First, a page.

Research has suggested that exercise does not offset the potential health harms of prolonged sitting, but a new Norwegian study suggests that exercise is in fact protective — if you do it hard enough to improve your fitness level.
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Sure, you might like to amp up your workout with a few electrodes, but specialists warn in the journal BMJ that electrical stimulation used to enhance fitness at the gym may cause a serious side effect: rhabdomyolysis, or muscle breakdown.
A study in the journal Neurology found that people who were less fit in middle age had smaller brains two decades later.
“If you are in your 40s and looking towards menopause, avoid the 12-15 pounds that most women gain by increasing your activity level now,” one expert says.
A study finds that exercise slashes a man’s odds of having erectile dysfunction by up to 43 percent.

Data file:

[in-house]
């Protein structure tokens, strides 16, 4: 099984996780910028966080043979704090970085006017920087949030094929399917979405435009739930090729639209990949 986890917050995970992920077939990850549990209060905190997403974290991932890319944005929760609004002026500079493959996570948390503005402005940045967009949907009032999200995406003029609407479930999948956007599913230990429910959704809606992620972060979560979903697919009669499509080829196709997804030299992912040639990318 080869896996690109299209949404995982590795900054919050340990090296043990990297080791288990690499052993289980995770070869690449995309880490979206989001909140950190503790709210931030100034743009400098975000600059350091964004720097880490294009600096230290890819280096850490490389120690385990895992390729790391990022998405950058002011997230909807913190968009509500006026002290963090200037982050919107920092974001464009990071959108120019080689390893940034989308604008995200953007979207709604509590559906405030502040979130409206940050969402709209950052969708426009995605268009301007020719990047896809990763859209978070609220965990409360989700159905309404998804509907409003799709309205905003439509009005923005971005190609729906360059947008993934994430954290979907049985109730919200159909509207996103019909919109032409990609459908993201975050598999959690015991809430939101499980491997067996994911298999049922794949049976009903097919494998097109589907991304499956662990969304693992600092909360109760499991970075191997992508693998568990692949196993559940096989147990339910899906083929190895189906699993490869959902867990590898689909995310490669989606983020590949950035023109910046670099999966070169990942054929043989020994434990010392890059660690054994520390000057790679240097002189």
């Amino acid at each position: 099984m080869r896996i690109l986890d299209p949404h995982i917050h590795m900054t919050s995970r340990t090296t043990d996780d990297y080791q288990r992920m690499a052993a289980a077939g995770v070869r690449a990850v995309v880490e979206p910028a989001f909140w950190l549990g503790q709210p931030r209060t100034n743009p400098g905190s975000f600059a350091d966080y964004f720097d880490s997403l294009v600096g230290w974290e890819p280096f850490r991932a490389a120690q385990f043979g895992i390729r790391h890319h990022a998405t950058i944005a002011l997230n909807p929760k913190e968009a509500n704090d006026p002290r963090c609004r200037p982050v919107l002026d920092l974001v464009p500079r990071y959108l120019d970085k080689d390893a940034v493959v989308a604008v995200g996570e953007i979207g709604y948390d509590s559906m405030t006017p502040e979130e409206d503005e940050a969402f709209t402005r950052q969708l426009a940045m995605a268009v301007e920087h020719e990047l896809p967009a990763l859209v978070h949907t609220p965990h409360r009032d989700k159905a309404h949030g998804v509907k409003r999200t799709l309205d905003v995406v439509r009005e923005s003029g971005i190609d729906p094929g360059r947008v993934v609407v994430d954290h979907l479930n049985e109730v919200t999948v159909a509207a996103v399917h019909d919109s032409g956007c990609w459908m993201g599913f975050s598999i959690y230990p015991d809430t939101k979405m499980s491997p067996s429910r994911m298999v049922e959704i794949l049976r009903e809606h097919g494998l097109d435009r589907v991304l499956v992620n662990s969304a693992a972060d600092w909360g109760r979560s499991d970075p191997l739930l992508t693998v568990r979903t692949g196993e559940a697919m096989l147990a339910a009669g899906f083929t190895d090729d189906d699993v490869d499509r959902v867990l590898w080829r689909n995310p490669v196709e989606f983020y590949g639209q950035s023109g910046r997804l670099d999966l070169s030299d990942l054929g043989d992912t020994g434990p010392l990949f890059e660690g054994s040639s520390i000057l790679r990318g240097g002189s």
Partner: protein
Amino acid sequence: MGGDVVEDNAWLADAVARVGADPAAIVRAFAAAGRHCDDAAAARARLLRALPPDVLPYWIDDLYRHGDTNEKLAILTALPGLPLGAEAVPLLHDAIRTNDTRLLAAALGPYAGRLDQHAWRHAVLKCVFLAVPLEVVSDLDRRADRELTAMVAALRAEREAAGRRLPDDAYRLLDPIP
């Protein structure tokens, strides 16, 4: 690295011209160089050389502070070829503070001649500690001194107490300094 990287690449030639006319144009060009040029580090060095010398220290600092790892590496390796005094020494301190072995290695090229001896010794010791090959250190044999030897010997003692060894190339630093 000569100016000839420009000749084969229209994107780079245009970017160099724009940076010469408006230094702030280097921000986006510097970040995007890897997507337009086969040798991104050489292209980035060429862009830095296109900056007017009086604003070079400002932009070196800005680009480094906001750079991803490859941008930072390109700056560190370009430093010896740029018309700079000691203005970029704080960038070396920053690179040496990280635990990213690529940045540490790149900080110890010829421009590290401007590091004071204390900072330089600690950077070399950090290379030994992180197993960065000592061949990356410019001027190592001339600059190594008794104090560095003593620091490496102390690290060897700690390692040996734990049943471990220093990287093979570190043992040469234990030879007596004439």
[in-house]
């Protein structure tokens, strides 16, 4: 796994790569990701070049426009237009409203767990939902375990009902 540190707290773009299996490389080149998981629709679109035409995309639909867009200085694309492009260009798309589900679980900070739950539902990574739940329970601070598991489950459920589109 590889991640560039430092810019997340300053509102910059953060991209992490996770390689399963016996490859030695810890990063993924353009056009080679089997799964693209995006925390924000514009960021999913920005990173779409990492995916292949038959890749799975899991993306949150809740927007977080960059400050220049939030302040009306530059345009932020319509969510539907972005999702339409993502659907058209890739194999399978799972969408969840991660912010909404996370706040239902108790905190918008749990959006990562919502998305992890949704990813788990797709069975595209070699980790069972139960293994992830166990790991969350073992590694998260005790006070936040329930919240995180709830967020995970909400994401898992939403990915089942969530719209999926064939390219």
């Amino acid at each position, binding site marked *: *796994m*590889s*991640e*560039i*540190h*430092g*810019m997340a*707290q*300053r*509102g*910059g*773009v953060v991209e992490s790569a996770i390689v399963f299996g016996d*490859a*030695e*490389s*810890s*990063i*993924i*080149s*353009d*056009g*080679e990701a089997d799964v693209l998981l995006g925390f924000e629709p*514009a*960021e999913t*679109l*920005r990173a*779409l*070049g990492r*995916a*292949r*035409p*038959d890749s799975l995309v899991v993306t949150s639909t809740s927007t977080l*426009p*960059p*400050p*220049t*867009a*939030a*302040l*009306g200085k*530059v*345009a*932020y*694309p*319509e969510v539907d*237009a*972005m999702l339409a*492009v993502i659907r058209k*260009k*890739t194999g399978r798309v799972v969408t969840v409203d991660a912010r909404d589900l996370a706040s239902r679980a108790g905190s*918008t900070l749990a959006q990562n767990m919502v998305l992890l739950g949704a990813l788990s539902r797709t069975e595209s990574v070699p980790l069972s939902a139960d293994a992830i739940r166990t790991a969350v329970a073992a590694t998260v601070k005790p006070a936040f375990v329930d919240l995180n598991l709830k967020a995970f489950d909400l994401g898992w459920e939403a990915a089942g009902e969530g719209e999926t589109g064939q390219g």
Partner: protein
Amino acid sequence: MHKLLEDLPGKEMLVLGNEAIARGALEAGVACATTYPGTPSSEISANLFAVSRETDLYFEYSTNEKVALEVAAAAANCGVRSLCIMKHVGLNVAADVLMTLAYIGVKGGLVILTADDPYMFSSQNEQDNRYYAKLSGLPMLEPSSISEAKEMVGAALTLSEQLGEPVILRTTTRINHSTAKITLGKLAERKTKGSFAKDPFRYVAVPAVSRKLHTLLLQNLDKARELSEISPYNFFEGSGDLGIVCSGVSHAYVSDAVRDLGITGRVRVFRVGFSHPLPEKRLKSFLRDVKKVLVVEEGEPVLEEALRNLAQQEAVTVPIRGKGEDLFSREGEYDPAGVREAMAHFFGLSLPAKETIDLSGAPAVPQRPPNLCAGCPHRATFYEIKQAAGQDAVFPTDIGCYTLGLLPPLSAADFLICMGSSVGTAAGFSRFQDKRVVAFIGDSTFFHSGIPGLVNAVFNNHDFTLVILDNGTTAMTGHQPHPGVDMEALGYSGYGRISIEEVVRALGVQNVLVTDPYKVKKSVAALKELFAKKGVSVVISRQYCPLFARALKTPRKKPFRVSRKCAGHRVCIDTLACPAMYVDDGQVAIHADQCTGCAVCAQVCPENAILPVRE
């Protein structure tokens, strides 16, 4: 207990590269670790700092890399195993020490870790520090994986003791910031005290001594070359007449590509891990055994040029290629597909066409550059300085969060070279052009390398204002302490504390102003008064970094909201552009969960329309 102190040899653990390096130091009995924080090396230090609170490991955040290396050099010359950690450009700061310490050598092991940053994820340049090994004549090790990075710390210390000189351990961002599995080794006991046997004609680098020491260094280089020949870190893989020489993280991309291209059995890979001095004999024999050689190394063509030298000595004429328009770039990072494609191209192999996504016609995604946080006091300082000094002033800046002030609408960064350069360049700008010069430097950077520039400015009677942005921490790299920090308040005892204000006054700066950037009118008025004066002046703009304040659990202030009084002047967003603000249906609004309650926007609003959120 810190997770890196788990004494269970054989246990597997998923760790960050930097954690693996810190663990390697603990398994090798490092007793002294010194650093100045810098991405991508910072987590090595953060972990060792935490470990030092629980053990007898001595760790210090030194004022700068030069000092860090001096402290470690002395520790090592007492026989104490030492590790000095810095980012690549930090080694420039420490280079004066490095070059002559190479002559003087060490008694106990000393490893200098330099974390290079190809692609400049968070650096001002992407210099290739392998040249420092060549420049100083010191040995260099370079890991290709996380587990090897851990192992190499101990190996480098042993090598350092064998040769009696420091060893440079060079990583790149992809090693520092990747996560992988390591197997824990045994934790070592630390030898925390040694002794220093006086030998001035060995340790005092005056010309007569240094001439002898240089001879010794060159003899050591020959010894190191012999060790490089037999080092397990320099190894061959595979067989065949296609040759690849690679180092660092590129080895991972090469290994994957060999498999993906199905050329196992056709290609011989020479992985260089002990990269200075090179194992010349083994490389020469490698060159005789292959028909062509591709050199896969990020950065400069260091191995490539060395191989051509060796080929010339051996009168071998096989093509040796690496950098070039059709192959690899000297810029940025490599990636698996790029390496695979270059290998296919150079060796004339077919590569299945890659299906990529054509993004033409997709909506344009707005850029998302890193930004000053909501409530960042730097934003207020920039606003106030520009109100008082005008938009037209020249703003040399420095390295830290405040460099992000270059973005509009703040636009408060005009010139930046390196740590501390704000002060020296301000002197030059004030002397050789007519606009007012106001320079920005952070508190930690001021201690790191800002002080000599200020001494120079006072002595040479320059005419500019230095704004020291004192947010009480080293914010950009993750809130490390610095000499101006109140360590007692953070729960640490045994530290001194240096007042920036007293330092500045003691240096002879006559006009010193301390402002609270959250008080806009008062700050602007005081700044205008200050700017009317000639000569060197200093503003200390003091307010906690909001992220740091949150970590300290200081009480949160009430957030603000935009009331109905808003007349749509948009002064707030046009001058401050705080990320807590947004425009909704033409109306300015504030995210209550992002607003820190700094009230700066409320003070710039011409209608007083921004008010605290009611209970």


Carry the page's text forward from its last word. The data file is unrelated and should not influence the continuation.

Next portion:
Researchers report a 23 percent reduction in both suicidal thoughts and suicide attempts among bullied students who exercised 4 or more days a week.
Two more reports that underscore the perils of sitting, one from the UK and one out of New York City.
Research in rats suggest that the increased blood flow that comes from exercise could actually slow tumors down.
A fitness expert offers a simple strength training regime you can start now to help avoid injury during snow shoveling next winter.
The Institute of Medicine’s number one recommendation to help mitigate the impacts of cognitive aging: be physically active.